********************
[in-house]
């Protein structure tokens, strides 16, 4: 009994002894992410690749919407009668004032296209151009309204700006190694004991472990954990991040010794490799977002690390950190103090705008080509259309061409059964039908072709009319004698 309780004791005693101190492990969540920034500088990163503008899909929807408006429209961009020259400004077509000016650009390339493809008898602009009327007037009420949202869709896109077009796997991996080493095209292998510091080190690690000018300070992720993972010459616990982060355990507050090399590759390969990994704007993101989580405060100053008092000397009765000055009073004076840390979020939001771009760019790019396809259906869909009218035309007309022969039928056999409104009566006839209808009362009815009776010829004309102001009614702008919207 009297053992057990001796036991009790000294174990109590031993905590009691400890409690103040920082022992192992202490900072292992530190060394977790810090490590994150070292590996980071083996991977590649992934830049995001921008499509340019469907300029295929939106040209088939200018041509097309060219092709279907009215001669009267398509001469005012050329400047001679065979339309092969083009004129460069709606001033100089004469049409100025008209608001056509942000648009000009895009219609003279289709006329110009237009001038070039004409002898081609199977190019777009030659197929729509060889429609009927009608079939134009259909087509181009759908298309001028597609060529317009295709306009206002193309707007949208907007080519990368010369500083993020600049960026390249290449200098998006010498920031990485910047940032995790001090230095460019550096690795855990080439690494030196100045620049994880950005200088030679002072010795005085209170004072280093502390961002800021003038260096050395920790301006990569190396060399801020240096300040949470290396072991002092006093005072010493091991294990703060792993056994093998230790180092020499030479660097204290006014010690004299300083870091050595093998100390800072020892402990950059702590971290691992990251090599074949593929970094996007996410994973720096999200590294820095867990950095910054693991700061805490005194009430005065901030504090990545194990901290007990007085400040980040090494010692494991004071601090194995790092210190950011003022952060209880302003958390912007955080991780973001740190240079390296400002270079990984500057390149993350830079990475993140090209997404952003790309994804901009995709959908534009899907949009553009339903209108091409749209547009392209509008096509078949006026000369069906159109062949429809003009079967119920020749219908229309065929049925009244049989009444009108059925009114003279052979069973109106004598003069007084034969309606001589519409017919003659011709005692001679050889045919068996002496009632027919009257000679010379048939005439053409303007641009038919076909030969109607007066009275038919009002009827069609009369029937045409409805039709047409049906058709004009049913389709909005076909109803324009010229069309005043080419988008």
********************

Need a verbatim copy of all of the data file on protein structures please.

[in-house]
């Protein structure tokens, strides 16, 4: 009994002894992410690749919407009668004032296209151009309204700006190694004991472990954990991040010794490799977002690390950190103090705008080509259309061409059964039908072709009319004698 309780004791005693101190492990969540920034500088990163503008899909929807408006429209961009020259400004077509000016650009390339493809008898602009009327007037009420949202869709896109077009796997991996080493095209292998510091080190690690000018300070992720993972010459616990982060355990507050090399590759390969990994704007993101989580405060100053008092000397009765000055009073004076840390979020939001771009760019790019396809259906869909009218035309007309022969039928056999409104009566006839209808009362009815009776010829004309102001009614702008919207 009297053992057990001796036991009790000294174990109590031993905590009691400890409690103040920082022992192992202490900072292992530190060394977790810090490590994150070292590996980071083996991977590649992934830049995001921008499509340019469907300029295929939106040209088939200018041509097309060219092709279907009215001669009267398509001469005012050329400047001679065979339309092969083009004129460069709606001033100089004469049409100025008209608001056509942000648009000009895009219609003279289709006329110009237009001038070039004409002898081609199977190019777009030659197929729509060889429609009927009608079939134009259909087509181009759908298309001028597609060529317009295709306009206002193309707007949208907007080519990368010369500083993020600049960026390249290449200098998006010498920031990485910047940032995790001090230095460019550096690795855990080439690494030196100045620049994880950005200088030679002072010795005085209170004072280093502390961002800021003038260096050395920790301006990569190396060399801020240096300040949470290396072991002092006093005072010493091991294990703060792993056994093998230790180092020499030479660097204290006014010690004299300083870091050595093998100390800072020892402990950059702590971290691992990251090599074949593929970094996007996410994973720096999200590294820095867990950095910054693991700061805490005194009430005065901030504090990545194990901290007990007085400040980040090494010692494991004071601090194995790092210190950011003022952060209880302003958390912007955080991780973001740190240079390296400002270079990984500057390149993350830079990475993140090209997404952003790309994804901009995709959908534009899907949009553009339903209108091409749209547009392209509008096509078949006026000369069906159109062949429809003009079967119920020749219908229309065929049925009244049989009444009108059925009114003279052979069973109106004598003069007084034969309606001589519409017919003659011709005692001679050889045919068996002496009632027919009257000679010379048939005439053409303007641009038919076909030969109607007066009275038919009002009827069609009369029937045409409805039709047409049906058709004009049913389709909005076909109803324009010229069309005043080419988008």